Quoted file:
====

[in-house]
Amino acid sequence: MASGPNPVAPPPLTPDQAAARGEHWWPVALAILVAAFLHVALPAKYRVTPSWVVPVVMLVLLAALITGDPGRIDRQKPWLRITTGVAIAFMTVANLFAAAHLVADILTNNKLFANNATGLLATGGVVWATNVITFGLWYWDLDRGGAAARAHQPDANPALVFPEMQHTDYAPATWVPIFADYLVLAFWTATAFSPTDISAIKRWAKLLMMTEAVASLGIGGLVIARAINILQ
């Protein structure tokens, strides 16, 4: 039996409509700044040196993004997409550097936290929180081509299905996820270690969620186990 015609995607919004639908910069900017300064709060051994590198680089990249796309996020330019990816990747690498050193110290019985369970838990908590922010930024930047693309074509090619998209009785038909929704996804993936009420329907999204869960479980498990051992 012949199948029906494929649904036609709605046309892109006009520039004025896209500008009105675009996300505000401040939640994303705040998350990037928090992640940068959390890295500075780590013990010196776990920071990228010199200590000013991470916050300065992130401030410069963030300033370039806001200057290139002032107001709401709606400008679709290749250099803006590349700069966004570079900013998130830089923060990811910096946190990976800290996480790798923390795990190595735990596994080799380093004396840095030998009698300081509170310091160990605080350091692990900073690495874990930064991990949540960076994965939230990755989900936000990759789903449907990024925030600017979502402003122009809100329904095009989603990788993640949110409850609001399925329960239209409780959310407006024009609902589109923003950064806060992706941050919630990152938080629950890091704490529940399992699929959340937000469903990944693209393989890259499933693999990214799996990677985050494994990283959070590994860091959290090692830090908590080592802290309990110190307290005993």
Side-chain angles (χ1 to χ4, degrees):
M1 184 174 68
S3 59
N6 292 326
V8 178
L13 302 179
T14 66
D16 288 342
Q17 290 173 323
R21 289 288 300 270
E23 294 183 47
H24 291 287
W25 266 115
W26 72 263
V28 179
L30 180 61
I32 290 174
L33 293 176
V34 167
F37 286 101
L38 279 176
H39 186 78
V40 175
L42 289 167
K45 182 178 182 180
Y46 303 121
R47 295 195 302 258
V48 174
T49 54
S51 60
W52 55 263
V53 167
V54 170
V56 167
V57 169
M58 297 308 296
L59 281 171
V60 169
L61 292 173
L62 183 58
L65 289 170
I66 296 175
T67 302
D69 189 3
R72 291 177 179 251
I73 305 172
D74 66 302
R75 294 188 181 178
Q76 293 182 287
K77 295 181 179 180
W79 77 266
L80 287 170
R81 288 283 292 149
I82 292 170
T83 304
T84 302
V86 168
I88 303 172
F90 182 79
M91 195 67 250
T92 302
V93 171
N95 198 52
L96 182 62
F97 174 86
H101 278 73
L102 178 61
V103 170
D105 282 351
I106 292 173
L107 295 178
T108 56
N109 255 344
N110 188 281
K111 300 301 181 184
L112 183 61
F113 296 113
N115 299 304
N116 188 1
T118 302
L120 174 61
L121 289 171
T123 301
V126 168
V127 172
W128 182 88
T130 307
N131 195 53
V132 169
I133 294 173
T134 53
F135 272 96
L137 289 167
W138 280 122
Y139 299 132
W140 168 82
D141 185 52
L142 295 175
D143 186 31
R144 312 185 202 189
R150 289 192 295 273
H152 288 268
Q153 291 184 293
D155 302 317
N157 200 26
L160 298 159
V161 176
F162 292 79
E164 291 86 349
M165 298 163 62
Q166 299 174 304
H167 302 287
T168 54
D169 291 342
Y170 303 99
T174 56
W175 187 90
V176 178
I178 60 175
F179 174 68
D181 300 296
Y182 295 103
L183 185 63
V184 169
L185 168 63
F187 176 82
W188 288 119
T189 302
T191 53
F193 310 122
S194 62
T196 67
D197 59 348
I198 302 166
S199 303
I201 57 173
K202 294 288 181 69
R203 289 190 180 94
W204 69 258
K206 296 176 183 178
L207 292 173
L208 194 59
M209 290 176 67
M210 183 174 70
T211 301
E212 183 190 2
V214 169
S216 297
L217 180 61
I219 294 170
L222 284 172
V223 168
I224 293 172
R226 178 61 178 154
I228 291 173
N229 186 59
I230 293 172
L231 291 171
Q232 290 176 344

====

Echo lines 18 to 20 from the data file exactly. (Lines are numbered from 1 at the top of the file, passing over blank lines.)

V28 179
L30 180 61
I32 290 174